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new rule for taking day off before or after a holiday Massachusetts

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  • new rule for taking day off before or after a holiday Massachusetts

    I just received some changes to my PTO days from HR and I am not happy. Is this legal for my company to do this to me? here is a copy of a part of what I received...

    If an unscheduled PTO day is taken on either side of a holiday, the employee will not be paid for the holiday. For example, if a PTN is entered on July 2, 2009 then the employee will not receive HOL pay for July 3, 2009 (Independence Day holiday observed). It will simply be an unpaid day off.

    The way I read this, if my kids or I get sick Memorial day weekend and I have to take the Tuesday off I won't get paid for the Monday? this is so wrong

  • #2
    Yes, that is perfectly legal, assuming you are a nonexempt employee. It's also quite common.
    I don't respond to Private Messages unless the moderator specifically refers you to me for that purpose. Thank you.

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    • #3
      wow, I have been working in Massachusetts for the past 15 years as both exempt and non exempt and I have never heard of such a thing. Does this mean I can not schedule a vacation around a holiday and expect to get paid for all the days?

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      • #4
        It's VERY common. The policy you cited said unscheduled time off.
        I don't respond to Private Messages unless the moderator specifically refers you to me for that purpose. Thank you.

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        • #5
          One more question, does the fact that my vacation time and sick time all come from one bank matter? With this being legal and my company chosing to enforce it, I feel like my sick days are a joke. I know I have no choice but to move on but I just want to get a clear understanding of the logic....

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          • #6
            No, it does not make a difference. You ARE nonexempt, right?
            I don't respond to Private Messages unless the moderator specifically refers you to me for that purpose. Thank you.

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            • #7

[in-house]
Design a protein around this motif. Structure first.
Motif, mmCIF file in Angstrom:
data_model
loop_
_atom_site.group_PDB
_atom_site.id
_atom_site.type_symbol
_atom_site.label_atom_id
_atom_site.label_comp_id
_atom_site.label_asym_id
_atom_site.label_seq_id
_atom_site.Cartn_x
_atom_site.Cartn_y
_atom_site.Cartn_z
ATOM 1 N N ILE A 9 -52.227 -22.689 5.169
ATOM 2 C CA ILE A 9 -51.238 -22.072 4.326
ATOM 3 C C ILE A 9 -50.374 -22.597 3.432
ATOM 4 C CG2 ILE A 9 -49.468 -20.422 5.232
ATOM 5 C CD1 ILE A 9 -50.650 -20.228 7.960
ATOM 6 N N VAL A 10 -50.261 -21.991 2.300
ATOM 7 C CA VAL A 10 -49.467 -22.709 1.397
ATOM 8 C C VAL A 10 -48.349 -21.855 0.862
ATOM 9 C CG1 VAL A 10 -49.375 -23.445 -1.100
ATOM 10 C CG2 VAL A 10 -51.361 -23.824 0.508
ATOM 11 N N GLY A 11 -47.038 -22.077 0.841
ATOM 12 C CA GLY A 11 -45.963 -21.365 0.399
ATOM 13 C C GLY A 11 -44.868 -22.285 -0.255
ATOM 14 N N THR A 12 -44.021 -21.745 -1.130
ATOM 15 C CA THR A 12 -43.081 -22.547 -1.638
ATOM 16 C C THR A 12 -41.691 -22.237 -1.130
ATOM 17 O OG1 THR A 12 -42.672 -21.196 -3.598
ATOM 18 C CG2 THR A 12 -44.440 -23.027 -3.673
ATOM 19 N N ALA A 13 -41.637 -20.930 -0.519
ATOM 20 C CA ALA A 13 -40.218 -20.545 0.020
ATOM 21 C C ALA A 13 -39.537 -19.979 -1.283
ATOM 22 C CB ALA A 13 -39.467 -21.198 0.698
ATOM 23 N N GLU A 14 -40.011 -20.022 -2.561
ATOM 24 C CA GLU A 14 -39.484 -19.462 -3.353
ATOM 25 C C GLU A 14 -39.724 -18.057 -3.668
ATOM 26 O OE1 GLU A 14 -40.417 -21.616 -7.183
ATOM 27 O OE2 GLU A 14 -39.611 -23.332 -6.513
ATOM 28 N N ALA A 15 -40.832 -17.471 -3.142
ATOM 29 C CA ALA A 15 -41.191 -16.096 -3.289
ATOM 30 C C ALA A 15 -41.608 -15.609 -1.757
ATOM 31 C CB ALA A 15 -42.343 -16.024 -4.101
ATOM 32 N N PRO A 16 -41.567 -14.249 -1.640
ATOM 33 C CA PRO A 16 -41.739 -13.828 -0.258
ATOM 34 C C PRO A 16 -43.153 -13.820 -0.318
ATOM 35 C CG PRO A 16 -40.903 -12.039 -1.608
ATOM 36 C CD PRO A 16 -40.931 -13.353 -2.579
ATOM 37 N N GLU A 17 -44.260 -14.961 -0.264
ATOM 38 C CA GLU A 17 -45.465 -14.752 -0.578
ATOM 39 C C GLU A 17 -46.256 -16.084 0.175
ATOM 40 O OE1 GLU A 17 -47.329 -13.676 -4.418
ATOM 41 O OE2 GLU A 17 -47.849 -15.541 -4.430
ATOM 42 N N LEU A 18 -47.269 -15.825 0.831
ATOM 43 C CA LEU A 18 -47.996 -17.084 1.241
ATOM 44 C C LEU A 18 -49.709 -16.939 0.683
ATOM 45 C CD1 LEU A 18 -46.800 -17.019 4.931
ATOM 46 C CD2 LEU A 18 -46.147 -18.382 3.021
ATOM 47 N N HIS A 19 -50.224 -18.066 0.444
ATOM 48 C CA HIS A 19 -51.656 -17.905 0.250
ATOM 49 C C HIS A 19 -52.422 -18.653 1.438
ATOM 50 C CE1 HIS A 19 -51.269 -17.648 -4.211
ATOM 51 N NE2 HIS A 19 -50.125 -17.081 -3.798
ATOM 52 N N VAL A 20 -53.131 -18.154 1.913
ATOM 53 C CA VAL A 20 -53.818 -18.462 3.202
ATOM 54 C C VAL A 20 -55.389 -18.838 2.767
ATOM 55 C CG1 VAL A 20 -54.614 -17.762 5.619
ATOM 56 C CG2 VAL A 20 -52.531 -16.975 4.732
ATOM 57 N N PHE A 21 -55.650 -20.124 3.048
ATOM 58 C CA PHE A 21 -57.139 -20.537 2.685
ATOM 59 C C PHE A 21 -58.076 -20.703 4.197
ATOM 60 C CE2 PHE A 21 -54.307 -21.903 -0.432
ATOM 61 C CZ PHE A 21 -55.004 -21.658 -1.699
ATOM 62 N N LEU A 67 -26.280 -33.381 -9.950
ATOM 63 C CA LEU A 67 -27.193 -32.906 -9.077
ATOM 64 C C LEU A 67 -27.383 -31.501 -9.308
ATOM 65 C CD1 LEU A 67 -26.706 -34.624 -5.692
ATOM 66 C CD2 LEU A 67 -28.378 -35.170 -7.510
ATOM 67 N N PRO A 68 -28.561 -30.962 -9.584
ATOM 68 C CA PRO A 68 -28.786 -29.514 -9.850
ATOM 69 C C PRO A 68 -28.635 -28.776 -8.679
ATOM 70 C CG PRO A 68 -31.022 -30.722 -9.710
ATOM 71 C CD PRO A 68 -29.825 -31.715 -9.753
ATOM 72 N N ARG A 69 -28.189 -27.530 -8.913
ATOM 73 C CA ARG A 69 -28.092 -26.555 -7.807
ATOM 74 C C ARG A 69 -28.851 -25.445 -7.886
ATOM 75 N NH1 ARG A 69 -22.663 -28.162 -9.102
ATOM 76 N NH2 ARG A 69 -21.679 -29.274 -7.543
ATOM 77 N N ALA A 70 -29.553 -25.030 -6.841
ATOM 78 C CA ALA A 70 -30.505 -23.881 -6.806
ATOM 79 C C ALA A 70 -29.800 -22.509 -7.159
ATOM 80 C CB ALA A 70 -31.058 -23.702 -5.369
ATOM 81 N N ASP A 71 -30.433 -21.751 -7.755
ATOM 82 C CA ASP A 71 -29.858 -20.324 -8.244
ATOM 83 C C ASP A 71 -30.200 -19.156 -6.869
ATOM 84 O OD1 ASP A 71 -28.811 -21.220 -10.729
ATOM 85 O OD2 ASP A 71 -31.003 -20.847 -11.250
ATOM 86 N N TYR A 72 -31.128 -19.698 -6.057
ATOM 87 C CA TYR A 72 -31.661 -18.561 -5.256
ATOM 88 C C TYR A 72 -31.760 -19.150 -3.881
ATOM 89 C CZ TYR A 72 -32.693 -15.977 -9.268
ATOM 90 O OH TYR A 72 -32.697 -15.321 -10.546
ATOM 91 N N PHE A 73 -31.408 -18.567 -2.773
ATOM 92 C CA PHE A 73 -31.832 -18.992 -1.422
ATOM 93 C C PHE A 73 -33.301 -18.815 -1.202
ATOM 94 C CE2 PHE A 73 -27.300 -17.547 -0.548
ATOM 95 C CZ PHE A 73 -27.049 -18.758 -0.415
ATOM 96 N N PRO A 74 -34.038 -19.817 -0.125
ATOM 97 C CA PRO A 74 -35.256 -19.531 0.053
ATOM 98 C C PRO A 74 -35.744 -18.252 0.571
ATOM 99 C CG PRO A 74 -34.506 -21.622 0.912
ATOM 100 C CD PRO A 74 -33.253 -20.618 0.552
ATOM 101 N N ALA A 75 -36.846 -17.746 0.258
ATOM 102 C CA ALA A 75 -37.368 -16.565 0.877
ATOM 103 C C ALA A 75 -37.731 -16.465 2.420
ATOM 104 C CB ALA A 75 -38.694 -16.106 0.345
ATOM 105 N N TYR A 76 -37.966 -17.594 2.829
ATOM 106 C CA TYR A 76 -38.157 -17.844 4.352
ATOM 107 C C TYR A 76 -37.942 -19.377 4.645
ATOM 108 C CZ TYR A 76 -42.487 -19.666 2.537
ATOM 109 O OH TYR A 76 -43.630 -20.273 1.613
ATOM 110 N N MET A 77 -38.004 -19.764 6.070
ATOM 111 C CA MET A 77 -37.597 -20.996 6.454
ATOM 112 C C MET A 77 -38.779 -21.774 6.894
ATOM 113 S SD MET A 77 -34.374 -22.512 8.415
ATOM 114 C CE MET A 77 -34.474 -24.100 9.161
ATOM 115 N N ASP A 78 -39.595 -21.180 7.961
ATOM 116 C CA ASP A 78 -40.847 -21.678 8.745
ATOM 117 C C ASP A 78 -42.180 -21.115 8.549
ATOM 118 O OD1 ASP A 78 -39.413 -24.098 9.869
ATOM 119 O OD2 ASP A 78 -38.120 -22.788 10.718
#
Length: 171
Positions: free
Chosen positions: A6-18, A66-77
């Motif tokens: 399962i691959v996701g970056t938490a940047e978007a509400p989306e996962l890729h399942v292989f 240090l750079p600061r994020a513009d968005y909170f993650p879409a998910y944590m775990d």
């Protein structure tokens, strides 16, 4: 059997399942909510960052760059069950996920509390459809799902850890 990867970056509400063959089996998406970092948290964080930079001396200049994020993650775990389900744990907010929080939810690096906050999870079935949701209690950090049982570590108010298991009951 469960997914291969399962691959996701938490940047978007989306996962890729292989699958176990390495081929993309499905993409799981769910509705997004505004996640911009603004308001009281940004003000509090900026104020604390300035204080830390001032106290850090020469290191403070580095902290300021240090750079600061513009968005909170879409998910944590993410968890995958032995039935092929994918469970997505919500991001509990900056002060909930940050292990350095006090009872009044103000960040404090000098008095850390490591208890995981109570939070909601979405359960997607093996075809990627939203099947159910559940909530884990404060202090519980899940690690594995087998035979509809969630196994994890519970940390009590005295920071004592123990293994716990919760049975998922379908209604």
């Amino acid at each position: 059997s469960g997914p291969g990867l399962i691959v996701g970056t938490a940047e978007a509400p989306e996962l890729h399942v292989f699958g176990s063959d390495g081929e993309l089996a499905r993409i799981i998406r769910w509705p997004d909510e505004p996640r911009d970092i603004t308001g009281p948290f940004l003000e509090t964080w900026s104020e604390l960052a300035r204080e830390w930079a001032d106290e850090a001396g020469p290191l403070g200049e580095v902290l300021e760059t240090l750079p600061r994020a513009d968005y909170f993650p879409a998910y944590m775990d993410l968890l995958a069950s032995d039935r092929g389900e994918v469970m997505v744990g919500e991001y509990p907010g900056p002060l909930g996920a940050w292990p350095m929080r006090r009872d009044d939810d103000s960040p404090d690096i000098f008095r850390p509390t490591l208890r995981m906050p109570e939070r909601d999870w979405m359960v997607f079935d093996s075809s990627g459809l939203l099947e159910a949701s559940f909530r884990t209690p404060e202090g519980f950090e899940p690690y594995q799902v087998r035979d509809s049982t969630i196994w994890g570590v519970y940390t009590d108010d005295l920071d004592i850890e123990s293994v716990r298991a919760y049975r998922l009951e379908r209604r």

yes, I am non exempt. I was transferred to this company by my previous company where I had been a salaried employee. We were told everything would be the same in this transfer but it hasn't been. My salary is the same but I seem to be going backwards with having to punch a clock now...

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              • #8
                Just want to confirm that this is a very, very common policy and quite legal in all 50 states.
                The above answer, whatever it is, assumes that no legally binding and enforceable contract or CBA says otherwise. If it does, then the terms of the contract or CBA apply.

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                • #9
                  good to know, and how great of them to take advantage of the policy too...
                  thanks for your quick responses!

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                  • #10
                    Don't expect another company to be much different.
                    I don't respond to Private Messages unless the moderator specifically refers you to me for that purpose. Thank you.

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                    • #11
                      Originally posted by tyty1120 View Post
                      good to know, and how great of them to take advantage of the policy too...
                      thanks for your quick responses!
                      I expect your employer became frustrated by the number of people calling in "sick" adjacent to a holiday and turning a 3-day weekend into a 4-day weekend. Every place I've ever worked has had this policy.

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                      • #12
                        Just to be clear, there was a reason why several responders asked about the Exempt status. While this policy is perfectly legal and common for Non-Exempt employees, things change if we are talking about Exempt Salaried employees. Any time the salary is docked on the Exempt employee, the 29 CFR 541.602 docking rules are in effect, which can override company policy in this instance.
                        "Reality is that which, when you stop believing in it, doesn't go away".
                        Philip K. **** (1928-1982)

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